Back to the wine dinner. The menu was fabulous, showing another dimension to Wade’s talent in the kitchen. Where MW’s main menu tends to aim for a crowd-pleasing reinterpretation of tried and true local flavors, the dishes he came up with to pair with Kenzo Estate’s Asatsuyu, Rindo, Murasaki, Ai (“Indigo”) and Yui “Unity of all things”) wines were far more refined, with influences from Japan and beyond. A truly world-class meal.

Kenzo Estate was started by Kenzo Tsujimoto, whose claim to fame before becoming a vintner was founding Capcom, which developed such video games as “Mega Man,” “Street Fighter” and other hit game series.

Canapes of ahi tartare and truffle-capped risotto beignets.

A starter of silky, seasonal matsutake chawanmushi.

Seafood salad of one piece each of Kona lobster, Kauai shrimp and Dungeness crab with vegetables, served with 2013 Kenzo Estate “Asatsuyu (Morning Dew)” sauvignon blanc.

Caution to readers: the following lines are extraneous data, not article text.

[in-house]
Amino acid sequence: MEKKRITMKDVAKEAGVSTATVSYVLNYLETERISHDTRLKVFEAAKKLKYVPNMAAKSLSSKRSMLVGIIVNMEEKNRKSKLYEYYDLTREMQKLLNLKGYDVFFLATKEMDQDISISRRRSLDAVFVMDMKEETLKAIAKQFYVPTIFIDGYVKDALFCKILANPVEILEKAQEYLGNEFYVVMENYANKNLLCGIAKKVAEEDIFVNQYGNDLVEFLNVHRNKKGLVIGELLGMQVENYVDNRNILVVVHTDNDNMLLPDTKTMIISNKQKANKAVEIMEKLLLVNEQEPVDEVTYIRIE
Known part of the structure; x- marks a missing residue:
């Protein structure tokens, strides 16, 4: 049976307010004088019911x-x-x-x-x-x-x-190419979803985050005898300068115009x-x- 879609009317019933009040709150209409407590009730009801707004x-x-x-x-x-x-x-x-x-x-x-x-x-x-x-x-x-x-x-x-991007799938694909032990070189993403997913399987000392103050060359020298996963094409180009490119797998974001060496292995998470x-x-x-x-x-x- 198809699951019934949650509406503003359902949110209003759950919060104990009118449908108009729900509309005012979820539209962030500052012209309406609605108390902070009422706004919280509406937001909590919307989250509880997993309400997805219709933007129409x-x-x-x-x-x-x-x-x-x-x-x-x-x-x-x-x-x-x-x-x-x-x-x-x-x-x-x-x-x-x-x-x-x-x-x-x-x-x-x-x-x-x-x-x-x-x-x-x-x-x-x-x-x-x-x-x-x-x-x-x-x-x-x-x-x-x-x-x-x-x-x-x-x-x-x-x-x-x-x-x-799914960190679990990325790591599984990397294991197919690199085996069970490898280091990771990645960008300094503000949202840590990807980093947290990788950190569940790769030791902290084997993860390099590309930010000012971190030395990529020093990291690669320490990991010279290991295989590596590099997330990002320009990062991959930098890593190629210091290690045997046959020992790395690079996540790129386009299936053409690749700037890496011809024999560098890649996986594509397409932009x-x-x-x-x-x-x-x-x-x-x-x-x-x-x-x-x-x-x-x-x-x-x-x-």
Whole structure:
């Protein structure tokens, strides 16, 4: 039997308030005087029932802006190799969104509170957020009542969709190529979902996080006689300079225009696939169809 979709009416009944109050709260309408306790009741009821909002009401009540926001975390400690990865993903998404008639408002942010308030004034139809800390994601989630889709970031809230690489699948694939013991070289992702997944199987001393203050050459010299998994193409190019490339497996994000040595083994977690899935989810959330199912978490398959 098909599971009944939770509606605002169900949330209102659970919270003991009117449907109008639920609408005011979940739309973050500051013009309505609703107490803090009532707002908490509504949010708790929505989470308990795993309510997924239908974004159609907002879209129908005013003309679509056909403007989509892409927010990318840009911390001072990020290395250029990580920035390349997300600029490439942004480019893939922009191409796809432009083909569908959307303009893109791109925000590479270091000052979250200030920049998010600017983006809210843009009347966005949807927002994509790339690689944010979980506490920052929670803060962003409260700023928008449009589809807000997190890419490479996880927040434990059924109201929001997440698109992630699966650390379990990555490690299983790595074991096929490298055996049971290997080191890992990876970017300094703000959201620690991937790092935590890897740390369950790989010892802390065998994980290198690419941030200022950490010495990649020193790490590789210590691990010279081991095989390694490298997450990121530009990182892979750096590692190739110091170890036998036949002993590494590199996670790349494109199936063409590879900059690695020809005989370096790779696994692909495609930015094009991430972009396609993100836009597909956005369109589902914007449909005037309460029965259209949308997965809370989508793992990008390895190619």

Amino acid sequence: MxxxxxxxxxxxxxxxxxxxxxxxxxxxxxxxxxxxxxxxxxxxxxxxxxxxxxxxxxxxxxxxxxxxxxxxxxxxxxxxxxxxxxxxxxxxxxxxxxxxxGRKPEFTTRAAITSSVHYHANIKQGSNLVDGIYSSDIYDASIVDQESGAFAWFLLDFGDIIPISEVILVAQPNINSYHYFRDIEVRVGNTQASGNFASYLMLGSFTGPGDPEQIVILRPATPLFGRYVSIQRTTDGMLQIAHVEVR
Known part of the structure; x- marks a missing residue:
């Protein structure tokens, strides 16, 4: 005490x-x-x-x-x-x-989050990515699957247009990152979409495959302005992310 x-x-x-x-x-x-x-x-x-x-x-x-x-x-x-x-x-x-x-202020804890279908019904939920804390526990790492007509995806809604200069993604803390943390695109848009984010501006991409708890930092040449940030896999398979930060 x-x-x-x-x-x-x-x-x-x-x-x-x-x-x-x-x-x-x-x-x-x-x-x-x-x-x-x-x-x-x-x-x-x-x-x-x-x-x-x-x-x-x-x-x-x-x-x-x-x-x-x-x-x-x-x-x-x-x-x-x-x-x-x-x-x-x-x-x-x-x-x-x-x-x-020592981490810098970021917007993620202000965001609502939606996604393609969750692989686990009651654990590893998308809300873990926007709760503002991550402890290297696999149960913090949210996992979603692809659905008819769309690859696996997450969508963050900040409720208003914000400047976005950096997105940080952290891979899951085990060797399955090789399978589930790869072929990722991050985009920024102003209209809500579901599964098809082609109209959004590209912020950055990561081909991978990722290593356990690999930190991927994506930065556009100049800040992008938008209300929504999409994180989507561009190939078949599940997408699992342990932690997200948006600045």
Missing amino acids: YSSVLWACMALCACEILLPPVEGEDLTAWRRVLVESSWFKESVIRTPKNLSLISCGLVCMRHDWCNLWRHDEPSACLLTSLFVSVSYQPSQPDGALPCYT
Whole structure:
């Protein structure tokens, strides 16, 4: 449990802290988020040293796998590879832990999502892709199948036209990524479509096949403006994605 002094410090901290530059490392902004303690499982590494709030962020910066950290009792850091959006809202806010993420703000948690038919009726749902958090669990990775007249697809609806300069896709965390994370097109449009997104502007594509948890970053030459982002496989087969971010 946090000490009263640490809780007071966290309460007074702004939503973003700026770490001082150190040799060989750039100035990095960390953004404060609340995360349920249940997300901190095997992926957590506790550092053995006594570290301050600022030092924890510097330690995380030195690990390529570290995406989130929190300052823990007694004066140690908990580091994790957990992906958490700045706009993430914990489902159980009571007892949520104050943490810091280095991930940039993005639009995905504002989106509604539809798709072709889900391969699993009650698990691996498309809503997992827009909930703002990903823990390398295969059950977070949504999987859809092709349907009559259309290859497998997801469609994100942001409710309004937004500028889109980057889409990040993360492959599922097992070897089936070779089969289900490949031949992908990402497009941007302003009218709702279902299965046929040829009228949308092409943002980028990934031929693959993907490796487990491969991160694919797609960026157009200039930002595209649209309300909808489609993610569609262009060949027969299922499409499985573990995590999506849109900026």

Seared peppered ahi over mushroom tsukudani, served with 2009 Kenzo Estate “Rindo” red blend.

Grilled quail with balsamic foie gras sauce and baby green salad with mini brioche croutons. Paired with 2009 Kenzo Estate “Murasaki (Purple)” red blend.

 Intermezzo of lemon sorbet.

Michelle’s dessert of “Strawberry 5-ways,” which she said was really nine ways. But I couldn’t keep up beyond her compressed, frozen, aerated, shaved and pearl treatments. This was paired with 2013 Kenzo Estate “Yui (Unity in all Things)” rosé.

Of course the couple could not let people leave without a sweet finale of mignardises and take-home chocolate chip cookies.

Chef Wade Ueoka thanked his staff and diners after the meal, but we were probably the more grateful.